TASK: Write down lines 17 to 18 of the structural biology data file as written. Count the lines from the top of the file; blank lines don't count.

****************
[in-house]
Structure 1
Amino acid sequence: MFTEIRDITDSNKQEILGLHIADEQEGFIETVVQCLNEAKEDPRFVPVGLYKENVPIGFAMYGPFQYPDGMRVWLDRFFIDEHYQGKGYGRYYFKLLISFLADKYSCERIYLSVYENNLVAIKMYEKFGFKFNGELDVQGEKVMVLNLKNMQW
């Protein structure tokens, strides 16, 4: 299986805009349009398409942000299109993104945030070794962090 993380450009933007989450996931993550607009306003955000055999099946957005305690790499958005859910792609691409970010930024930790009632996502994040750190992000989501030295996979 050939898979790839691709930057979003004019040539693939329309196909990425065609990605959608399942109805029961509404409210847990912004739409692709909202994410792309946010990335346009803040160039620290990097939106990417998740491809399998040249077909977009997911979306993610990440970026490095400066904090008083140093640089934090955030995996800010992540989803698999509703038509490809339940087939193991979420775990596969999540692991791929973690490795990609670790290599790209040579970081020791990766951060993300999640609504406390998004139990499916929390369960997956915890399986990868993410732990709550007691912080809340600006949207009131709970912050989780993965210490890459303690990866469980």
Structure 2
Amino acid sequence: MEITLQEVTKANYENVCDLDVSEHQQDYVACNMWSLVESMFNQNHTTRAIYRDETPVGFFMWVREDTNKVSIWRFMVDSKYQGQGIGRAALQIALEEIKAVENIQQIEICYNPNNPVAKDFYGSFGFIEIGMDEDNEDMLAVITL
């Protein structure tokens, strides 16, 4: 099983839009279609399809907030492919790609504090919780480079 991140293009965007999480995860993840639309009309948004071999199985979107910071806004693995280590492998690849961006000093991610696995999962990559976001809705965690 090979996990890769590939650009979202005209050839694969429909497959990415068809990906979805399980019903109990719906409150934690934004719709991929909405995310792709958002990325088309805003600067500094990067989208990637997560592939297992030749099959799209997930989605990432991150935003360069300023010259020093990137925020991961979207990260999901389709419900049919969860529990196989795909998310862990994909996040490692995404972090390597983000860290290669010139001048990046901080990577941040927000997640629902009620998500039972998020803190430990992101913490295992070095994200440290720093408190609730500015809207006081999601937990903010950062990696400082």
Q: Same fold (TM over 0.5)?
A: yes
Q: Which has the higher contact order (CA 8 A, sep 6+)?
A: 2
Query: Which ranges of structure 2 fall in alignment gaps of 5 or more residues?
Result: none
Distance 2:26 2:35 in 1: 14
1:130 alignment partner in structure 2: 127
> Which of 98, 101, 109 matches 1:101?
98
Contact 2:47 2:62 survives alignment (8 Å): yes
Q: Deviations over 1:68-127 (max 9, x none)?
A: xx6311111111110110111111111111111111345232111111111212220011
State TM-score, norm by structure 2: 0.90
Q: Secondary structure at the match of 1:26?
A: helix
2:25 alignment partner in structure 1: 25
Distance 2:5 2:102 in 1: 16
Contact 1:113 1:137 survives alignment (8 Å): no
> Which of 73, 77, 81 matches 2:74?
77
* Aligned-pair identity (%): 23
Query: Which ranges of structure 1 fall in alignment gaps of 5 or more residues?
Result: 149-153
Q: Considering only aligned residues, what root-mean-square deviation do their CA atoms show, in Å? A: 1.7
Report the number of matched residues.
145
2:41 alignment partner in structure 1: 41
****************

98
Contact 2:47 2:62 survives alignment (8 Å): yes